Cleveland video shows police shot boy within seconds

admin   •   November 27, 2014   •   1849

A police officer (L) is seen pointing his weapon during an incident involving the shooting of a 12-year-old boy with a pellet gun at the Cudell Recreation Center in Cleveland, Ohio, in this still image from video released by the Cleveland Police Department November 26, 2014. REUTERS/Cleveland Police Department

 

(Reuters) – Cleveland officials on Wednesday released a video of the fatal police shooting of a 12-year-old boy that shows him pointing a pellet gun around a park before police arrive and shoot him within two seconds.

Tamir E. Rice was shot by a patrol officer on Saturday after a 911 call reported someone pointing a gun at people at the Cudell Recreation Center. The caller said the gun could be a fake.

The video shows the boy walking and pointing the gun in different directions before entering a gazebo.

A patrol car with two officers pulls up to the gazebo. The first to get out, identified by a city official as Timothy Loehmann, 26, shoots almost immediately.

In a news conference broadcast by NBC, Cleveland Police Deputy Chief Ed Tomba said the time between the car pulling up and Rice being shot was 1.5 to 2 seconds.

There is no audio on the video, but the officers said they told Rice to raise his hands three times before he was shot, police said. He died on Sunday.

Asked why the car pulled up so close, Tomba said “That’s a legitimate question,” which is part of the investigation.

In a statement about the video, Rice’s family said, “It is our belief that this situation could have been avoided and that Tamir should still be here with us.” The family asked the community to remain calm and keep protests peaceful.

Cleveland police said Loehmann and the second officer, Frank Garmback, 46, were both on leave. A union representative said the officer who shot Rice had been on the force for under a year.

Rice had an Airsoft-type replica gun that resembles a semiautomatic pistol, but typically shoots plastic pellets, police said.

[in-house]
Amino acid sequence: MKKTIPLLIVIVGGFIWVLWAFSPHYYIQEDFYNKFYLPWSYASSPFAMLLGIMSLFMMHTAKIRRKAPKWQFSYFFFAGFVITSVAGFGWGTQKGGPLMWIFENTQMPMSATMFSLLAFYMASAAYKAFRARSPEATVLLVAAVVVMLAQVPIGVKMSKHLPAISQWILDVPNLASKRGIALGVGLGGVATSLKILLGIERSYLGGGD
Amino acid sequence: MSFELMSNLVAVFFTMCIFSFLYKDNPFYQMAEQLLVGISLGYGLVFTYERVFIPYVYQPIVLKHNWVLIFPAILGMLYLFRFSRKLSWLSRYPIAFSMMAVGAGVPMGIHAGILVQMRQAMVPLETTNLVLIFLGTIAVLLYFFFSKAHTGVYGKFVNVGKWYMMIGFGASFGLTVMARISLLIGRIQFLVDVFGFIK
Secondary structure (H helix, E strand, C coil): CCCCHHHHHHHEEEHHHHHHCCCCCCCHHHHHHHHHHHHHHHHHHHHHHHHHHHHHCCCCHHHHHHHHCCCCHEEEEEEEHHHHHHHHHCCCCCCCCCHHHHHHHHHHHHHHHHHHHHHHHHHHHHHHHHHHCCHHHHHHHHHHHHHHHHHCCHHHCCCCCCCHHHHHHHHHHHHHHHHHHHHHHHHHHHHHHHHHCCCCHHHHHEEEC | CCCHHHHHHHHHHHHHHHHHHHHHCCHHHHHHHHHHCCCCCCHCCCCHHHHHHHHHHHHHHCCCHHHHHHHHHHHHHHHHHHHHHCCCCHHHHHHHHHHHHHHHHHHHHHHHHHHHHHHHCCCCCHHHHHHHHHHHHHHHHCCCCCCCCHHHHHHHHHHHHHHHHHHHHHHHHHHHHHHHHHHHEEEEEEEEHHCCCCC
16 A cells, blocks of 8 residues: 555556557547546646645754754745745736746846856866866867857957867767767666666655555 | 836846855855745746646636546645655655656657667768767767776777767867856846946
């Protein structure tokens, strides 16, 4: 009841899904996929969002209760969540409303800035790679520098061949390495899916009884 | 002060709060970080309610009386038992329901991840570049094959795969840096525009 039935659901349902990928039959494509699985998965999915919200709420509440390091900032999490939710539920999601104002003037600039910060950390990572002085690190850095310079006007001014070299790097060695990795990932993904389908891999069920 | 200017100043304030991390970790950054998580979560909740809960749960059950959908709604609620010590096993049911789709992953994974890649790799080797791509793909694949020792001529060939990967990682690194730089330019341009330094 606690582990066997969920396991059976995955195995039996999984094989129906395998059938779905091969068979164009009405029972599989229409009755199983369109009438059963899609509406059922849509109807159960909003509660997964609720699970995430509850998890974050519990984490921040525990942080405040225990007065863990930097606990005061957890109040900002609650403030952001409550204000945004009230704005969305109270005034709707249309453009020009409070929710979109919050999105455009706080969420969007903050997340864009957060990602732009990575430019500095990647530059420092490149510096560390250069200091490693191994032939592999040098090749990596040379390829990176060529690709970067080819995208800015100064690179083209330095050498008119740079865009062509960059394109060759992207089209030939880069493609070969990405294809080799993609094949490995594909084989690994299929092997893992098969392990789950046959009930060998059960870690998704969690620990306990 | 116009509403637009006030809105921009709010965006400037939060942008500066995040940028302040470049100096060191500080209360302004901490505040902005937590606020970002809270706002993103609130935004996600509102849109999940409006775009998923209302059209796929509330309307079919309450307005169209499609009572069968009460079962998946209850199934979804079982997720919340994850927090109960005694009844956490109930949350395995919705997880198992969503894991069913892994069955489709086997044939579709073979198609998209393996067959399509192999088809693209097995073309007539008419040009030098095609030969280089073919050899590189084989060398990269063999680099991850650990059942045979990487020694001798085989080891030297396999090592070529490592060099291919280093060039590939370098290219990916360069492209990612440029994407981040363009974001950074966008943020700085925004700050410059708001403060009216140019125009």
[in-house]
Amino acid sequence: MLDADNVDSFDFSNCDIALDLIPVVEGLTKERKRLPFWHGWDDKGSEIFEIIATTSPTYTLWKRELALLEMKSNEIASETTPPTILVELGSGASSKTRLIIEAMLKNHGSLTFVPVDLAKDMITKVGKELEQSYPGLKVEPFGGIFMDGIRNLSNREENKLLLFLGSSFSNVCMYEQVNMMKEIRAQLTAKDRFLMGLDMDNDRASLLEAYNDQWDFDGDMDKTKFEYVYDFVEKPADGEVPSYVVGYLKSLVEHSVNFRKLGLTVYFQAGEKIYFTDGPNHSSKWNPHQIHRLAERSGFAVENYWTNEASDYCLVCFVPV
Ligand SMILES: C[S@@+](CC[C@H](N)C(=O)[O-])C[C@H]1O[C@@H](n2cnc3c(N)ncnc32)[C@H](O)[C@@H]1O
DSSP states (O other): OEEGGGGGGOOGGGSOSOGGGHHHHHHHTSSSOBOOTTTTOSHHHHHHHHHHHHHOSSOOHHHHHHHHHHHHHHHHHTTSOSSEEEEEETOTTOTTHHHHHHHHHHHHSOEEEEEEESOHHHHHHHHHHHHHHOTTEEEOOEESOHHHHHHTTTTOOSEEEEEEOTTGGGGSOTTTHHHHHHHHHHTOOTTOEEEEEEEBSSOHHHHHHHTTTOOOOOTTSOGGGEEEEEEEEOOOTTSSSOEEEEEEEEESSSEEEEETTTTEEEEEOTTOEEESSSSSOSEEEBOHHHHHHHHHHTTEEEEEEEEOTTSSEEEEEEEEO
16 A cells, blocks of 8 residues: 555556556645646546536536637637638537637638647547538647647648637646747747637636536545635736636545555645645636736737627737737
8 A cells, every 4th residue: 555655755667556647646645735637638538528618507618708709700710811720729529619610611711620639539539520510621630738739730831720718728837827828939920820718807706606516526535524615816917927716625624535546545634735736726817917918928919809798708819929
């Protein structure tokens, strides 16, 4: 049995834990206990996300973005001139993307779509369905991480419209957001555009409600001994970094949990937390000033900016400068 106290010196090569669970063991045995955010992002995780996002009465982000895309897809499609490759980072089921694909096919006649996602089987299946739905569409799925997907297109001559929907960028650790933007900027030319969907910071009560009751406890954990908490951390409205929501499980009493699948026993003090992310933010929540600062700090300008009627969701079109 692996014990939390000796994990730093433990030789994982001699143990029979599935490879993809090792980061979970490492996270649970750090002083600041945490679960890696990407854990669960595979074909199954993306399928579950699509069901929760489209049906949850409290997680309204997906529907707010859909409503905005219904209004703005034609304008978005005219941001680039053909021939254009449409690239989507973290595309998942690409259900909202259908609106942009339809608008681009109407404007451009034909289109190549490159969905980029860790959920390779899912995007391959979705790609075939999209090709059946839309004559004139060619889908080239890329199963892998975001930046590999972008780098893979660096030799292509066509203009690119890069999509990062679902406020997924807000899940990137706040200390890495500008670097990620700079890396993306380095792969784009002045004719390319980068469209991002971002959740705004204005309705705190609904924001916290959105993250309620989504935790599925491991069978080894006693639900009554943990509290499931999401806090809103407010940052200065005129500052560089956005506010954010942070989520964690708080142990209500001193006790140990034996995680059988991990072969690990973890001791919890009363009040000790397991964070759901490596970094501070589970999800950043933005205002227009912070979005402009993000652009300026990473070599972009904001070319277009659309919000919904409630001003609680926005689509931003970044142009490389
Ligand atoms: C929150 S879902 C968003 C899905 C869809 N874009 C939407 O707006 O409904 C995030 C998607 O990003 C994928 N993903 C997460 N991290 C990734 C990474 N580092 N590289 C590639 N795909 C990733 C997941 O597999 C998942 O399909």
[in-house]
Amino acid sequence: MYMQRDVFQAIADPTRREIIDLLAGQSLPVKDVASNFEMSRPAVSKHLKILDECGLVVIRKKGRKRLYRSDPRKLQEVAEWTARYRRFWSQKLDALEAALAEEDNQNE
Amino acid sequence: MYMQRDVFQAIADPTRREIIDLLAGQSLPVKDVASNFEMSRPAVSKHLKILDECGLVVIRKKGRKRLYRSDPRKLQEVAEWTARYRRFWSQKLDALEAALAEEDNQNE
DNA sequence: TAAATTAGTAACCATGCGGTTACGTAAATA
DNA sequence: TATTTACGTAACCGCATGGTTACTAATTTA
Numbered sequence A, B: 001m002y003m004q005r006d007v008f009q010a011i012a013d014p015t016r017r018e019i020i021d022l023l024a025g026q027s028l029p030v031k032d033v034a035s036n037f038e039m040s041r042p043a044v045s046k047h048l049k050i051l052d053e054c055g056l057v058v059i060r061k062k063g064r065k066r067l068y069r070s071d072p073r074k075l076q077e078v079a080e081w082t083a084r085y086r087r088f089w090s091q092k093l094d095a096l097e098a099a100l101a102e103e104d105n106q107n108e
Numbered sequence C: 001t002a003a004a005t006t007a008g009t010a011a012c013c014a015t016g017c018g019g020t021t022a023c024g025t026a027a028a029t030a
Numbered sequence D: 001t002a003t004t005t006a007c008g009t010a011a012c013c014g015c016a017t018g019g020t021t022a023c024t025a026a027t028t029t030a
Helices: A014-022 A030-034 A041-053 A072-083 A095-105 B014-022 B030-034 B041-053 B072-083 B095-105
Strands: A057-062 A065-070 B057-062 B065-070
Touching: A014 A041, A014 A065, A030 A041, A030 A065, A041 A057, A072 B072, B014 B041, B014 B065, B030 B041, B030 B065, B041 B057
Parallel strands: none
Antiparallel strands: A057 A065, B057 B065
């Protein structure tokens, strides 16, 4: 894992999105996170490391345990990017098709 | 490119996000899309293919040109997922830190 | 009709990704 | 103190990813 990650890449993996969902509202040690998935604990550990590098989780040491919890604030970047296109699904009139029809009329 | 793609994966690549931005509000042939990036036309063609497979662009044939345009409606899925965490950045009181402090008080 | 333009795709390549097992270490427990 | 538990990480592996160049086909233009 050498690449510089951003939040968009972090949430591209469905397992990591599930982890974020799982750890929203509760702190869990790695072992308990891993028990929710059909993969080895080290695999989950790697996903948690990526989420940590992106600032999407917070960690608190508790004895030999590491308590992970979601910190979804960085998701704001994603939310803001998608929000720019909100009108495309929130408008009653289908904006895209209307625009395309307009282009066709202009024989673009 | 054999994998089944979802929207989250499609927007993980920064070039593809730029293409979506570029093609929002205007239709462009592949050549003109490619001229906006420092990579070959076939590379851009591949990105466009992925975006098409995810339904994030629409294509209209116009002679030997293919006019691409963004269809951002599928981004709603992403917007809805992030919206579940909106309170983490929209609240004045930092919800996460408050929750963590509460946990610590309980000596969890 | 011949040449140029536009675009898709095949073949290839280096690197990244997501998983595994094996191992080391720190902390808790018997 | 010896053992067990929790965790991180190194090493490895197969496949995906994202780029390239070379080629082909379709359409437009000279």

Rice’s family described him as “a bright young man who had his whole life ahead of him.”

The video release follows a second night of sometimes violent protests over a Missouri grand jury’s decision not to indict a white Ferguson police officer for the fatal shooting of Michael Brown, an unarmed teenager.

Both Rice and Brown were African American.

The shooting case will go to the Cuyahoga County Grand Jury for possible charges.

An Ohio grand jury in September decided not to press charges against two police officers who fatally shot a man while he held a pellet gun at a Dayton-area Walmart.

(Additional reporting by Brendan O’Brien; Writing by Mary Wisniewski; Editing by Mohammad Zargham and Eric Walsh)

Taiwan braces for typhoon Bailu, flights cancelled

Robie de Guzman   •   August 23, 2019

Boats are tied securely at a fishing port in Taiwan in preparation for the anticipated arrival of Typhoon Bailu.

Taiwan braced for Typhoon Bailu on Friday (August 23), prompting cancellations of domestic flights amid warnings of floods and high seas on the island.

Typhoon Bailu, categorised at the weakest typhoon level by Taiwan’s weather bureau, was expected to approach the island’s southeastern coast early on Saturday (August 24), weather officials said.

Bailu was carrying maximum winds of 126 km per hour (78 mph) as it approached Taiwan, the weather bureau said, adding that the storm could gain in strength and become the first typhoon to make landfall on the island in more than two years.

Thousands of people were moved to safety, most of them tourists on islands off the east coast, while dozens of domestic flights and ferry services were cancelled.

After passing over Taiwan, the typhoon is expected to cross the Taiwan Strait and hit the Chinese province of Fujian, forecasters said. (Reuters)

(Production: Fabian Hamacher)

Florida scientists induce spawning of Atlantic coral in lab for first time

Robie de Guzman   •   August 23, 2019

(Courtesy: Florida Aquarium)

Scientists in Florida have artificially induced reproductive spawning of an endangered Atlantic coral species for the first time in an aquarium setting, a breakthrough they say holds great promise in efforts to restore depleted reefs in the wild.